BMG Entertainment was until 2004 the record company division of German media giant Bertelsmann. Despite its size, the group was for many years overly reliant on an ageing portfolio of big-name acts (such as Elvis Presley), and struggled to establish a strong management team. From the late 1990s the company was repeatedly engaged in on-off merger talks with its peers in a bid to cut costs and counter falling sales. Finally in 2004 Bertelsmann merged its recorded music division with that of Sony to create jointly owned Sony BMG. BMG Music Publishing was sold in 2006. Two years later, Bertelsmann agreed to sell its remaining 50% stake in Sony BMG to Sony, but kept ownership of rights to selected back-catalogue which has become the core of a new BMG-branded licensing division.
Bertelsmann's first steps into music grew from the success of Lesering, the book club it formed in 1950. There was a clear opportunity to add records to this service, so in 1956 the company formed Ariola Records to distribute a selection of light music and operetta. As with Lesering's books, Ariola records were at first sold direct to customers by mail order. The label quickly became one of Germany's biggest music companies, and in 1958 the group formed Sonopress to physically manufacture the records it distributed. During the 1960s and 1970s, Ariola continued to expand in Germany, shifting from mail order to retail sale and acquiring local rivals such as Hansa (to form Ariola-Hansa). However it was outpaced in the fast-developing international marketplace by US and British companies. By the mid 1970s other divisions of Bertelsmann had begun to broaden their profile by acquiring international competitors, and the music division took the plunge in 1979, purchasing the extremely successful American independent label Arista Records.
Arista was controlled by Clive Davis, a legendary figure in the music industry. During the 1960s and early 1970s, he had been head of Columbia Records, with control of the prestigious CBS and Epic labels. In 1973, he left that company to become an independent consultant to Columbia affiliate Columbia Pictures Industries (CPI), owner of minor labels Bell Records, Philly Groove and others. The following year, he formed Arista Records with backing from CPI, taking with him the Columbia Pictures music catalogue and a selection of artists from the Bell label. One of these was the then-unknown singer-songwriter Barry Manilow, whose first release for Arista, the single Mandy, became a huge international hit. Supported by Manilow's commercial success, the label signed a wide variety of other artists from every musical genre. These included punk icons Patti Smith and Iggy Pop, militant jazz poet Gil Scott-Heron, and British teen band the Bay City Rollers. Over the years that followed the label was home to Lou Reed, Grateful Dead, The Kinks, Ray Parker Jr and many others.
Although the combination of Arista and Ariola benefited both companies, the merged label was still dwarfed by larger players. In 1987, Bertelsmann joined the ranks of the majors with the acquisition of the legendary RCA Records Group. Radio Corporation of America had been formed by General Electric and Westinghouse in 1919, originally to promote the radios they manufactured. In 1926, the company also established the National Broadcasting Corporation (NBC) to provide a national broadcasting network for its content. Three years later it bought the Victor Talking Machine Company, the world's biggest making of phonographs, and began to make its own hardware. RCA was granted its independence in 1930, when GE and Westinghouse were forced by anti-trust regulators to sell their stakes. The company moved into television later that decade, establishing NBC as one of the country's biggest networks, and RCA Records came to dominate the US music industry in the 1960s as a result of the huge success of one artist in particular, Elvis Presley, who had signed to the company in 1955. However NBC's fortunes began to wane in the 1970s, and the record company appeared to lose direction after Presley's death in 1977. In 1986, the group was reacquired by General Electric, which retained the television network but put the record company and other assets up for sale.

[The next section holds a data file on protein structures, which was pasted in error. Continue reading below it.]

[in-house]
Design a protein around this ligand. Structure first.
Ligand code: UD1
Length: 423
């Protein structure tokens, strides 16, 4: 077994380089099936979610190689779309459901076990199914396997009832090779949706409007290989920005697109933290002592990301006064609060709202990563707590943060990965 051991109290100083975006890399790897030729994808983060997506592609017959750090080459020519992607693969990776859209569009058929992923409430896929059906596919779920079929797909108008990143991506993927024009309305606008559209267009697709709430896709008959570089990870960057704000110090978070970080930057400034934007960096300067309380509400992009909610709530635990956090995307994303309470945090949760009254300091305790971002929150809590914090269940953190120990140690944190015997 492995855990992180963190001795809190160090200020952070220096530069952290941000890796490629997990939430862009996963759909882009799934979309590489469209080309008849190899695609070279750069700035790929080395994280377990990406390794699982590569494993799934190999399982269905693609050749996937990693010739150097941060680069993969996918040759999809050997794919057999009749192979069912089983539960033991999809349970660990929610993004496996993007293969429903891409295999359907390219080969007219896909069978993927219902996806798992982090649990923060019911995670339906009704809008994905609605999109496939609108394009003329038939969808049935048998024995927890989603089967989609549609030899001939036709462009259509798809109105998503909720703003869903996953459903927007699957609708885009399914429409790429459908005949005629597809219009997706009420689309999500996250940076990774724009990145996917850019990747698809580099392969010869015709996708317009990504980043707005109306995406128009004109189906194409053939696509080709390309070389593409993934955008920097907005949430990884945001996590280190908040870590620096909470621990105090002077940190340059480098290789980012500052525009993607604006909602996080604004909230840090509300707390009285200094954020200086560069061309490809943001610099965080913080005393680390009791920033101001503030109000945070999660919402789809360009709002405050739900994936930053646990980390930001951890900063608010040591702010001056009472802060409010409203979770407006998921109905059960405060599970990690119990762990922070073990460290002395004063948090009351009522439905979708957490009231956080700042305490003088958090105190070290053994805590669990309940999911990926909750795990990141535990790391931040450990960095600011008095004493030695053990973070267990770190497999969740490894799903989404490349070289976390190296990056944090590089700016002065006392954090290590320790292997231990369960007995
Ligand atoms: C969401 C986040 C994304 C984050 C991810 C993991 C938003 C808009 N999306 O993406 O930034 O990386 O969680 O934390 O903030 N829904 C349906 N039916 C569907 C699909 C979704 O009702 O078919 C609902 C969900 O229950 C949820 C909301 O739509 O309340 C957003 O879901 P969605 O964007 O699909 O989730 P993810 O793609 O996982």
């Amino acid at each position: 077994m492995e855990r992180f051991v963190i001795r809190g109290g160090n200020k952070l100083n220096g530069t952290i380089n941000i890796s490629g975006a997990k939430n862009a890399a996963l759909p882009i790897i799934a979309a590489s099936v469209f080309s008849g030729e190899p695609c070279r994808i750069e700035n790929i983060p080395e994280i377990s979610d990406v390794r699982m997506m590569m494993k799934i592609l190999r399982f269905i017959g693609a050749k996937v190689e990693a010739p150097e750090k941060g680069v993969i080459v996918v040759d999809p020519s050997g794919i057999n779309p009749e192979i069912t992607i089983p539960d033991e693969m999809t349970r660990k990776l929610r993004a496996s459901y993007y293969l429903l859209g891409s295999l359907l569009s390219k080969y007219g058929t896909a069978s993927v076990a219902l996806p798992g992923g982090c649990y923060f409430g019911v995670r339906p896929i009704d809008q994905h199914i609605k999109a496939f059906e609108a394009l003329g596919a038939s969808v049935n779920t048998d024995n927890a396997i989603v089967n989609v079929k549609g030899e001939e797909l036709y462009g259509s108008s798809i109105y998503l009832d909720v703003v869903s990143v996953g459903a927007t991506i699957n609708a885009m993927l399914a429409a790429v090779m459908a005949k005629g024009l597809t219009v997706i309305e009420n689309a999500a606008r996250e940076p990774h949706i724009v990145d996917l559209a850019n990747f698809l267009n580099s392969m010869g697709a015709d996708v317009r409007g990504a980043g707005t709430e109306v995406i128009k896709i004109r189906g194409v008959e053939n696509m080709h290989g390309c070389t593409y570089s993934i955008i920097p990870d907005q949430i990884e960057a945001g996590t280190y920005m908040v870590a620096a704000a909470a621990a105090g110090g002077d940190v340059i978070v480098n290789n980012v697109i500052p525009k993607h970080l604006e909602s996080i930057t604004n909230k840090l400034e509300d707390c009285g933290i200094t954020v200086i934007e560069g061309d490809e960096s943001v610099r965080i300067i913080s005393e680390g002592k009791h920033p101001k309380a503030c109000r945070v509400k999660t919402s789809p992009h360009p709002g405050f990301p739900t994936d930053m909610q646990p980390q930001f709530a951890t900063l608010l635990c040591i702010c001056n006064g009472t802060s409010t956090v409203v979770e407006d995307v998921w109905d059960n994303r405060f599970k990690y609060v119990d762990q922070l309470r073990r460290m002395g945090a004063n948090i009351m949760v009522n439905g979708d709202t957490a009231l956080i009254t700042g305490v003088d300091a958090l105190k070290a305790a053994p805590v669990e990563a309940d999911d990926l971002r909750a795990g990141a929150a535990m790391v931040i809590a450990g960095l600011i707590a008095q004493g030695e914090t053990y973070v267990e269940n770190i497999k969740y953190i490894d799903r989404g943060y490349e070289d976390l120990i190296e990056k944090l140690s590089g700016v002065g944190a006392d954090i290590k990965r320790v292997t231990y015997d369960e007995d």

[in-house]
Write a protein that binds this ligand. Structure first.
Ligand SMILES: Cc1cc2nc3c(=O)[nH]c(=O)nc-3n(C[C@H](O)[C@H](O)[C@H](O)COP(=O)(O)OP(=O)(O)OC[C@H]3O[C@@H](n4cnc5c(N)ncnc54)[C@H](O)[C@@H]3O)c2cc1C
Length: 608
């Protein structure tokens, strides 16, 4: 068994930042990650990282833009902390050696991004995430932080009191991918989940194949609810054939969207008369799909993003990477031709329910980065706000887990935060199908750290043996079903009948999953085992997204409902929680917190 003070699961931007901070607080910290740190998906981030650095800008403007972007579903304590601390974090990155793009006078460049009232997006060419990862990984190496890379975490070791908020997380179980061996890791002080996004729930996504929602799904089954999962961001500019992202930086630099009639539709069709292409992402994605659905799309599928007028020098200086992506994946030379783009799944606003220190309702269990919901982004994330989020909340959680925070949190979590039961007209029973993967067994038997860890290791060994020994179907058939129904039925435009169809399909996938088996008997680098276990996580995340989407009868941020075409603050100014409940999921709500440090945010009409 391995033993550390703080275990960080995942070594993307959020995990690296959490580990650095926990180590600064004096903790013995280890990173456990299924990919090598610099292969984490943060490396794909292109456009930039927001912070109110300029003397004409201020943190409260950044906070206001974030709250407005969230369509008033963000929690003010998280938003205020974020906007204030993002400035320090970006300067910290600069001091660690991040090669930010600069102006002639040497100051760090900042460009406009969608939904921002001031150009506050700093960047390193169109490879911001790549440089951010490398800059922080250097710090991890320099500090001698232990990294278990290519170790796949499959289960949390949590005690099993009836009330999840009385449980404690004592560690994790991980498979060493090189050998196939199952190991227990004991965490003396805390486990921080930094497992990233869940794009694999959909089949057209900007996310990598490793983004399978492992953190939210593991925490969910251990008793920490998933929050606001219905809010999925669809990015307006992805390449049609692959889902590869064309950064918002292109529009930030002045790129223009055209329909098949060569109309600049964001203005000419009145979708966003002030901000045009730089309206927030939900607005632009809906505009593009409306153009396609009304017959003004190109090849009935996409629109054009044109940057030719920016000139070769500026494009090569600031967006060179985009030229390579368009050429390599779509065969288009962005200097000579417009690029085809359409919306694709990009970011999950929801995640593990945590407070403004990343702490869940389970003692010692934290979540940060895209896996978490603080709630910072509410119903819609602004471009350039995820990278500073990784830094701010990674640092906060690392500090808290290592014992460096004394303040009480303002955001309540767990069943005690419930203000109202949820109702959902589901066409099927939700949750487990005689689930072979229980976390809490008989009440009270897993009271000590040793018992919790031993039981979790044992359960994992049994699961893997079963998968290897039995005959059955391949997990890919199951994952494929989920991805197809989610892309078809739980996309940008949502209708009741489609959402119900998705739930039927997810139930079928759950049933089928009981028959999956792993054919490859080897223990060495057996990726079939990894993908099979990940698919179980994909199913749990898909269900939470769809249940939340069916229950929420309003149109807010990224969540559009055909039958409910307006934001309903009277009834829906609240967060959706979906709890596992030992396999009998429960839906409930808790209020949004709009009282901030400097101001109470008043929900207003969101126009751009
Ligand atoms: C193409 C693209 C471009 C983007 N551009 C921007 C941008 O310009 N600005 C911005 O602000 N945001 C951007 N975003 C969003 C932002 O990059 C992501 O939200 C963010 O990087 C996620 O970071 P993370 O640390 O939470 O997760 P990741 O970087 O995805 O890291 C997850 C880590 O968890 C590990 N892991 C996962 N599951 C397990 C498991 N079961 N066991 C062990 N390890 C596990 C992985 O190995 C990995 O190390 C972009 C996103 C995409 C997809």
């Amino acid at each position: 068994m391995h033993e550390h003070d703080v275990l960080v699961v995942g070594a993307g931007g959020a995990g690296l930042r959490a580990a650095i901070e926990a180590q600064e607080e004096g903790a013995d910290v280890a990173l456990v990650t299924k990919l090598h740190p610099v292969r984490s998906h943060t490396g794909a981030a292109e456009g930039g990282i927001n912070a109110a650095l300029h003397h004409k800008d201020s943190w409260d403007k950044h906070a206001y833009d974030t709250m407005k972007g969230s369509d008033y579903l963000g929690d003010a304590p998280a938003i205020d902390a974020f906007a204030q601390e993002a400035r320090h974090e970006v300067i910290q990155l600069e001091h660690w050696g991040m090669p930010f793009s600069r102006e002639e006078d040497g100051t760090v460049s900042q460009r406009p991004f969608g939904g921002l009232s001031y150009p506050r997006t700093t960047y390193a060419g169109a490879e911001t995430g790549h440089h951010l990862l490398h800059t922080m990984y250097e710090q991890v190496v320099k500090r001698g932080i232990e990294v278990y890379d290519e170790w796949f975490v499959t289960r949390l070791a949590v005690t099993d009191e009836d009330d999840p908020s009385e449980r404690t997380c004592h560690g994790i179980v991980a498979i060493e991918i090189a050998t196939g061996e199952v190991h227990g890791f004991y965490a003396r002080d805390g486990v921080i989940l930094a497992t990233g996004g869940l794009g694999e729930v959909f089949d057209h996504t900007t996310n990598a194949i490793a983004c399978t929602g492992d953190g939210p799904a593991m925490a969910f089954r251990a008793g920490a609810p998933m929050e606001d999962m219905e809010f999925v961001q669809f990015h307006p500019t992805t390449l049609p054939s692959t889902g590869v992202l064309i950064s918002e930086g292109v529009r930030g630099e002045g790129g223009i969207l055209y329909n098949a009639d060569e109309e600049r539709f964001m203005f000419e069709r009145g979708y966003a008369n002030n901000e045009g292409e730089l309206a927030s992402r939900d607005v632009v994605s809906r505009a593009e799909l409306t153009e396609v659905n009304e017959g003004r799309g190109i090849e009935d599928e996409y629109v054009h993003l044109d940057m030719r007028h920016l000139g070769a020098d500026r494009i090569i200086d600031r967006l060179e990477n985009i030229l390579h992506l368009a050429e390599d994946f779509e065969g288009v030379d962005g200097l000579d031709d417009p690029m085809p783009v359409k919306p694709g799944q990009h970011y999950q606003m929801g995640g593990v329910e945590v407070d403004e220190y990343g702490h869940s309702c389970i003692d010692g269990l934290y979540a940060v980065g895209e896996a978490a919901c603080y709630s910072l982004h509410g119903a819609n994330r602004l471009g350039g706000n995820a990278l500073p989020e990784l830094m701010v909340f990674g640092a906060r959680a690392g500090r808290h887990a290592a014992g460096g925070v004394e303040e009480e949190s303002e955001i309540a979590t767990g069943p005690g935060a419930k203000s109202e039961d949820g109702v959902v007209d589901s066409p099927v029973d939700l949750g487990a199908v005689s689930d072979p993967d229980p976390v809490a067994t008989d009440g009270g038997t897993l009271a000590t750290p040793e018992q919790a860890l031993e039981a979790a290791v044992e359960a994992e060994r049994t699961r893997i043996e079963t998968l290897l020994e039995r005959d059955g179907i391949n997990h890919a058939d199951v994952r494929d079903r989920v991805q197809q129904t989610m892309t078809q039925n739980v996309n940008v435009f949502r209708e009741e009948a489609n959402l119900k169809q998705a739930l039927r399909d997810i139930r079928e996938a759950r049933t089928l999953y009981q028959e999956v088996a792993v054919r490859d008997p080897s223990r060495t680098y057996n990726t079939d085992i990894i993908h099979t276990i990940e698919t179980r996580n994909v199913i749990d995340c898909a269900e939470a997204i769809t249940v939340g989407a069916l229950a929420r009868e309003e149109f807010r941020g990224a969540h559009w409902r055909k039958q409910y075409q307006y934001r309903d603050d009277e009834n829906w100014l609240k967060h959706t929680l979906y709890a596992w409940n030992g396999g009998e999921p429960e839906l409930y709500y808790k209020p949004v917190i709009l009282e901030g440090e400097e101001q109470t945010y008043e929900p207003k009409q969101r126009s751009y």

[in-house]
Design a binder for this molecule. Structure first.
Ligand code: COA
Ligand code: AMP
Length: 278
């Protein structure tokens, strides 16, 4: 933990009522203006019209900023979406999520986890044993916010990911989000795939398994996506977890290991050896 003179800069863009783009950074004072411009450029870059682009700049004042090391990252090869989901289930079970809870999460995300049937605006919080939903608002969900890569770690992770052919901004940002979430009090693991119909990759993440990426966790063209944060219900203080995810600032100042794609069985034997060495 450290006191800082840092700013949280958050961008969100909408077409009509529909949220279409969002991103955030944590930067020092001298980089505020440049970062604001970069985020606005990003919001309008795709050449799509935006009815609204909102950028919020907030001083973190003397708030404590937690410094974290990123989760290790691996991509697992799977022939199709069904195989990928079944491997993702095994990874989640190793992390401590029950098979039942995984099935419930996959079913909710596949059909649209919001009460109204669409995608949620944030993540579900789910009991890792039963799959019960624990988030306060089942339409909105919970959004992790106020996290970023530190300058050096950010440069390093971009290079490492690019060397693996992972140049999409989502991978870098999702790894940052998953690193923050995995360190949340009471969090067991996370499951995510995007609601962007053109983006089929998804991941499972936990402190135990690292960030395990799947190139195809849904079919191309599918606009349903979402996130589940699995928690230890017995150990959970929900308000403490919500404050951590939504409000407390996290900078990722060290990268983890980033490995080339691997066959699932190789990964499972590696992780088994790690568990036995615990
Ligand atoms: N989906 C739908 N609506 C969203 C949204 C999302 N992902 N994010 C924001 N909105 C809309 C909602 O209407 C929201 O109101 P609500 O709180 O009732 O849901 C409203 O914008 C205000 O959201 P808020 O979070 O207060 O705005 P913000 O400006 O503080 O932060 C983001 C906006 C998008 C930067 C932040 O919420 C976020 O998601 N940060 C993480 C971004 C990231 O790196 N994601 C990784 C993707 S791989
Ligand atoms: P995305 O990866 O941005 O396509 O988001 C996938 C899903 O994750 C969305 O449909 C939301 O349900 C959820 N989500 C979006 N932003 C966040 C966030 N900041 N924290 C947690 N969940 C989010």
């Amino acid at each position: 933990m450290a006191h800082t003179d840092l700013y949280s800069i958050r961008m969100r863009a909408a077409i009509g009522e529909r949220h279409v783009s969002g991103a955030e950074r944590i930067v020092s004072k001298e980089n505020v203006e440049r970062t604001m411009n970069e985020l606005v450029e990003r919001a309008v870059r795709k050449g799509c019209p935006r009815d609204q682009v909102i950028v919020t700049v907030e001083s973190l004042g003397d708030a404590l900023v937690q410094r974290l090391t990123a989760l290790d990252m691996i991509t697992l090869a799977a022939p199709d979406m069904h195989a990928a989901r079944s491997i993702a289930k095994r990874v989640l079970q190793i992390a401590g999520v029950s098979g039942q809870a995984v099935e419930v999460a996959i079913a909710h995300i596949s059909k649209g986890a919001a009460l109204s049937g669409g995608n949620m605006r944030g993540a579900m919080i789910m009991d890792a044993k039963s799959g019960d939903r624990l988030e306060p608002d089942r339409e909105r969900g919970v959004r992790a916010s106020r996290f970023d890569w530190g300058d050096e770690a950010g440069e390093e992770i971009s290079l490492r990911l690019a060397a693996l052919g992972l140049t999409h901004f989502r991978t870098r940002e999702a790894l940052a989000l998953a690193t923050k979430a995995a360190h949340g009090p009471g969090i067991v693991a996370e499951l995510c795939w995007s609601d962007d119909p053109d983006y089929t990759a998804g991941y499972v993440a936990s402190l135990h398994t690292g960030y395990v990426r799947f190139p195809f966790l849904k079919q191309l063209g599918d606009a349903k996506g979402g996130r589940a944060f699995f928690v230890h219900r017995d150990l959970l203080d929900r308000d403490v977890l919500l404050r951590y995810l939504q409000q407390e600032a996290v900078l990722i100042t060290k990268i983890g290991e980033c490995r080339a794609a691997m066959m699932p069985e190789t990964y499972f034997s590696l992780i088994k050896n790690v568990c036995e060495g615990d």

Bought by Bertelsmann, RCA was merged with Arista/Ariola to form BMG. The creation of this new group came just in time for the breakthrough of another major global artist, Whitney Houston, who was to prove one of the company's biggest commercial successes over the next decade. Clive Davis had continued to play an important role within BMG after the acquisition of Arista, and in 2000, BMG and Davis announced the formation of a new joint venture label, J Records. However, the global music industry was already under immense pressure from the rapid spread of online music piracy as well as a shortage of major new artists. Like its peers, BMG made several efforts to strengthen its position through consolidation. A merger with the UK's EMI Group looked likely in 2000, but these plans eventually foundered at the end of the year.